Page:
Two schools with sub-.500 records are playing in conference finals on Saturday. In the America East, Vermont (13-16) is at the league's No.1 seed Albany and in the SWAC, 13-15 Arkansas-Pine Bluff plays Southern (19-12). Everyone should remember Vermont, which led by Taylor Coppenrath, was in the Big Dance each of the last two seasons. The Catamounts lost in the first round to U Conn in 2004 but upset Syracuse last year (60-57) before losing to Michigan State (72-61).
Albany (13-3 in the regular season) claimed that league's No. 1 seed for the first time in school history, while Vermont ended the year with on a four-game losing streak to finish 11-16 (7-9). However, Vermont has won two straight and at 13-16, is just one win away from a third straight NCAA appearance.
Southern (15-3) claimed its first SWAC regular season title in 16 years but will need one more win to avoid the NIT. Unlike Albany, Southern won't be playing at home but rather on a neutral site (Birmingham, Alabama). Arkansas-Pine Bluff (11-15 / 8-10) has won two straight and with one more win, could claim an NCAA bid despite finishing 14-15.
Of the 14 schools to enter the NCAA tournament since 1985 with a losing record, none have won a first round game. However, each of the last four years, a sub-.500 team has won the play-in game. Siena (MAAC) did it in 2002, UNC-Asheville (Big South) in 2003, Florida A&M (MEAC) in 2004 and Oakland (Mid-Continent) in 2005.
Bob Knight's Texas Tech team lost to Texas on Friday (77-70), giving Knight his first losing season (15-17) since he coached Army to an 11-13 markl in 1970-71. Knight, who led Texas Tech into the Sweet 16 last year, has made 27 NCAA appearances, tying him with Dean Smith for the most all-time. However, he won't be breaking that tie with Smith this year. In fact, this will be the first year Knight's not coached in the postseason since 1976-77!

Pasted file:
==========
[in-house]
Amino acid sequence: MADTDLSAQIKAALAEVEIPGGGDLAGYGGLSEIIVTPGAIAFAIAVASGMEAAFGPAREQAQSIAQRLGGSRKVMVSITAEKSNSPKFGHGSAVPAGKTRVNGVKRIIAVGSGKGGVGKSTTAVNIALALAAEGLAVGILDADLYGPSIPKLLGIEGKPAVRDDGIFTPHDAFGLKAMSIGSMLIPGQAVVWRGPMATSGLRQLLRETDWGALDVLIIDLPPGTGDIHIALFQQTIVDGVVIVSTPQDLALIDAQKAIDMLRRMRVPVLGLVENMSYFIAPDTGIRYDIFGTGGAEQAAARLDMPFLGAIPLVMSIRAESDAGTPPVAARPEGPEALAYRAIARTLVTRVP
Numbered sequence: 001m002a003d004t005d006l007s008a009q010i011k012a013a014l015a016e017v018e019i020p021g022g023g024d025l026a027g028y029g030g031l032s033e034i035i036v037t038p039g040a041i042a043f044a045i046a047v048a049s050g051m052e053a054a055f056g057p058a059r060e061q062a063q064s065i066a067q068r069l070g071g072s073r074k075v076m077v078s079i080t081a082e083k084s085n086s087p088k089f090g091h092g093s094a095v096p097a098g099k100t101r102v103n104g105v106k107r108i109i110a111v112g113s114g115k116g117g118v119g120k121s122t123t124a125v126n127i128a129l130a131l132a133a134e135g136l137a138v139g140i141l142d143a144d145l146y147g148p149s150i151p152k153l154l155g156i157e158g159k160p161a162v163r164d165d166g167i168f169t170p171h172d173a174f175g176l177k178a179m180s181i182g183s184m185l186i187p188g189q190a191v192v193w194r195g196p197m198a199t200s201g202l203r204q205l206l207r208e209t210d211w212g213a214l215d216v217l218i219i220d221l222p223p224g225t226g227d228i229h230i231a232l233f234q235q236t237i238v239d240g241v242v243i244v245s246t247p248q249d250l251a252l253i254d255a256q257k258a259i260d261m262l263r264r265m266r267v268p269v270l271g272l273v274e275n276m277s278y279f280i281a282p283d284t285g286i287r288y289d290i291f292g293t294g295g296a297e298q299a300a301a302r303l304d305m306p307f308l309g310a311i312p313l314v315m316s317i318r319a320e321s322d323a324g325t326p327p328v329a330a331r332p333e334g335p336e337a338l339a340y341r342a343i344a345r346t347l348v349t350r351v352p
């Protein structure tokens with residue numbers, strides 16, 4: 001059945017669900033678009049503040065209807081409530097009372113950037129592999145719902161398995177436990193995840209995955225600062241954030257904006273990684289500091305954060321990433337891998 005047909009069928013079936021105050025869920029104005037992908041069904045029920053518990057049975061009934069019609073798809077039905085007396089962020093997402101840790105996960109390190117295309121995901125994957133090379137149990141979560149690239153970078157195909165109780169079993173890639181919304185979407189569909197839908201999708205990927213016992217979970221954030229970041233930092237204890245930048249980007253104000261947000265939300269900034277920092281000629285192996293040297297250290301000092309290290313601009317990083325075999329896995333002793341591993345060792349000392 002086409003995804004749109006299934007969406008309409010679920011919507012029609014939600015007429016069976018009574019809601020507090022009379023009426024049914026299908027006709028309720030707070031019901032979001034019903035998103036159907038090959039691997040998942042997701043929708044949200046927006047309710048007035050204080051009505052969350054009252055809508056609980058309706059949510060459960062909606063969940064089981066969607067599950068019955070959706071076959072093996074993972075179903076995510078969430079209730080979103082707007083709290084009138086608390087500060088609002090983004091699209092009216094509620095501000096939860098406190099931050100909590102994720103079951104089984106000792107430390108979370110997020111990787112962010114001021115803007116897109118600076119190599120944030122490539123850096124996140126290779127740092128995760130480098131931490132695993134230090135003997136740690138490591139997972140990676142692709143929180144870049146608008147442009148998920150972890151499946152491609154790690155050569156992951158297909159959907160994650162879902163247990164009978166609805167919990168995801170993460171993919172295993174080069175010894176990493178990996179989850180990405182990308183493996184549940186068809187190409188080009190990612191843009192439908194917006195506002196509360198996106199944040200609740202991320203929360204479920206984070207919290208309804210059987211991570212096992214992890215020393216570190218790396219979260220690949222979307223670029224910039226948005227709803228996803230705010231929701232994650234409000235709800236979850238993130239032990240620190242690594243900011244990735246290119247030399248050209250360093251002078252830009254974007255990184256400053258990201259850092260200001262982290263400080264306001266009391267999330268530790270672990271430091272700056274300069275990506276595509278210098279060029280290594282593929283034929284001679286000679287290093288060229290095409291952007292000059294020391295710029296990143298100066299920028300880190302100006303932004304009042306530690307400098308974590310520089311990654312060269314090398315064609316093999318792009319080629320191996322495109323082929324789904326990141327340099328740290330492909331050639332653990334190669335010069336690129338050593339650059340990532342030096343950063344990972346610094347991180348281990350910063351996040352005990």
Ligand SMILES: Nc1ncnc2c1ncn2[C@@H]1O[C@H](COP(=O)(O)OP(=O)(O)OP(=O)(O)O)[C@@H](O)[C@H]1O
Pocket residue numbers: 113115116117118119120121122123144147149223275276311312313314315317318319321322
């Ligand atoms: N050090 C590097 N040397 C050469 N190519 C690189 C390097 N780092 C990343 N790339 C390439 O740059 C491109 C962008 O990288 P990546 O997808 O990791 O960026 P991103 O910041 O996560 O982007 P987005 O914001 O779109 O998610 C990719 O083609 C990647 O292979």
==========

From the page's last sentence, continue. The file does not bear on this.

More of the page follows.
Lute Olson of Arizona will be making his 26th NCAA appearance this year (third-best all-time), as well as his 21st consecutive. He trails only Dean Smith, who made 23 straight NCAA trips from 1975 through 1997. Jim Boeheim of Syracuse makes his 25th NCAA appearance this year and Coach K of Duke will make his 21st. Other consecutive appearance streaks that will be extended this year belong to Roy Williams to 17 straight (Kansas and North Carolina), Tubby Smith to 13 (Tulsa, Georgia and Kentucky) and Gary Williams to 13 (Maryland).
As for individual schools, Arizona will extend its longest-active streak with its 21st straight NCAA tournament apperance this year. North Carolina holds the all-time record with 27 straight appearnaces from 1975 through 2001. Kansas will make it 17 straight trips this year, with Kentucky making it 15 straight and Maryalnd making it 13 straight. If invited, Cincinnati would join Kentucky at 15 straight trips and Stanford could make it 12 straight if the Cardinal were get a surprise invite.
Ness Notes will be available by 1:00 ET on Monday, with much more tourney 'dope'!